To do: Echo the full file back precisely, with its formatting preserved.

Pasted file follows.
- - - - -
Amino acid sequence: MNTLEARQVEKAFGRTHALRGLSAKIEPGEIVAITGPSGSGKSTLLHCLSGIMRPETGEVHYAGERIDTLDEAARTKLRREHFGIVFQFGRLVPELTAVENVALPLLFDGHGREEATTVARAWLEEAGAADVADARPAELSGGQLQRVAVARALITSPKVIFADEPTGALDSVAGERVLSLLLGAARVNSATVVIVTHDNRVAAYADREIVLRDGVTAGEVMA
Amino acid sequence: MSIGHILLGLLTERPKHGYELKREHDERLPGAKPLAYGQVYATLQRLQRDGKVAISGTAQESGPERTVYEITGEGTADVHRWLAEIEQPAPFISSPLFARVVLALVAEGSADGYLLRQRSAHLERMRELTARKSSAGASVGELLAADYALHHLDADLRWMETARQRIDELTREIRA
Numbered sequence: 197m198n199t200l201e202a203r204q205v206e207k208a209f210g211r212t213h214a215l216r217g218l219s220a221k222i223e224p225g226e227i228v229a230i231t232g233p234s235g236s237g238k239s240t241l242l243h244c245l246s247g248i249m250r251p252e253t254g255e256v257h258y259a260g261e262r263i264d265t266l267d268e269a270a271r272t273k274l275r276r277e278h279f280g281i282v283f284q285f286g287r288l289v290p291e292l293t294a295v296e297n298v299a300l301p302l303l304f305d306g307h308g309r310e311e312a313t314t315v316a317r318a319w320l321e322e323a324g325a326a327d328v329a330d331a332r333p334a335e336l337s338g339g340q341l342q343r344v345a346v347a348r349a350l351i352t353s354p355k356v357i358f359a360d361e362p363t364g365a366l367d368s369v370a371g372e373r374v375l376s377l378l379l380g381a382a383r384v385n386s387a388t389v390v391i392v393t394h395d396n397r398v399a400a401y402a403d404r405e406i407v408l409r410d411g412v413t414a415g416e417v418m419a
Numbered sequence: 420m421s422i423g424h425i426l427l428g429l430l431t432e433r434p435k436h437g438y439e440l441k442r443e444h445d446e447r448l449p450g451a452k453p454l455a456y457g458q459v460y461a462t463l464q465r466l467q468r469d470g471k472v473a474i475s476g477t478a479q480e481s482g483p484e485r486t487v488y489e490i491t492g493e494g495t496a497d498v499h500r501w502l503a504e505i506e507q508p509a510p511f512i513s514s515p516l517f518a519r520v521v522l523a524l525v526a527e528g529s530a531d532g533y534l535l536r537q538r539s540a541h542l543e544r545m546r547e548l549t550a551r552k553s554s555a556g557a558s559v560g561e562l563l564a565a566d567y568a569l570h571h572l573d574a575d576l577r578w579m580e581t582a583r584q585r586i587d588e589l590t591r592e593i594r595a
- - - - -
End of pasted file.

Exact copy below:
Amino acid sequence: MNTLEARQVEKAFGRTHALRGLSAKIEPGEIVAITGPSGSGKSTLLHCLSGIMRPETGEVHYAGERIDTLDEAARTKLRREHFGIVFQFGRLVPELTAVENVALPLLFDGHGREEATTVARAWLEEAGAADVADARPAELSGGQLQRVAVARALITSPKVIFADEPTGALDSVAGERVLSLLLGAARVNSATVVIVTHDNRVAAYADREIVLRDGVTAGEVMA
Amino acid sequence: MSIGHILLGLLTERPKHGYELKREHDERLPGAKPLAYGQVYATLQRLQRDGKVAISGTAQESGPERTVYEITGEGTADVHRWLAEIEQPAPFISSPLFARVVLALVAEGSADGYLLRQRSAHLERMRELTARKSSAGASVGELLAADYALHHLDADLRWMETARQRIDELTREIRA
Numbered sequence: 197m198n199t200l201e202a203r204q205v206e207k208a209f210g211r212t213h214a215l216r217g218l219s220a221k222i223e224p225g226e227i228v229a230i231t232g233p234s235g236s237g238k239s240t241l242l243h244c245l246s247g248i249m250r251p252e253t254g255e256v257h258y259a260g261e262r263i264d265t266l267d268e269a270a271r272t273k274l275r276r277e278h279f280g281i282v283f284q285f286g287r288l289v290p291e292l293t294a295v296e297n298v299a300l301p302l303l304f305d306g307h308g309r310e311e312a313t314t315v316a317r318a319w320l321e322e323a324g325a326a327d328v329a330d331a332r333p334a335e336l337s338g339g340q341l342q343r344v345a346v347a348r349a350l351i352t353s354p355k356v357i358f359a360d361e362p363t364g365a366l367d368s369v370a371g372e373r374v375l376s377l378l379l380g381a382a383r384v385n386s387a388t389v390v391i392v393t394h395d396n397r398v399a400a401y402a403d404r405e406i407v408l409r410d411g412v413t414a415g416e417v418m419a
Numbered sequence: 420m421s422i423g424h425i426l427l428g429l430l431t432e433r434p435k436h437g438y439e440l441k442r443e444h445d446e447r448l449p450g451a452k453p454l455a456y457g458q459v460y461a462t463l464q465r466l467q468r469d470g471k472v473a474i475s476g477t478a479q480e481s482g483p484e485r486t487v488y489e490i491t492g493e494g495t496a497d498v499h500r501w502l503a504e505i506e507q508p509a510p511f512i513s514s515p516l517f518a519r520v521v522l523a524l525v526a527e528g529s530a531d532g533y534l535l536r537q538r539s540a541h542l543e544r545m546r547e548l549t550a551r552k553s554s555a556g557a558s559v560g561e562l563l564a565a566d567y568a569l570h571h572l573d574a575d576l577r578w579m580e581t582a583r584q585r586i587d588e589l590t591r592e593i594r595a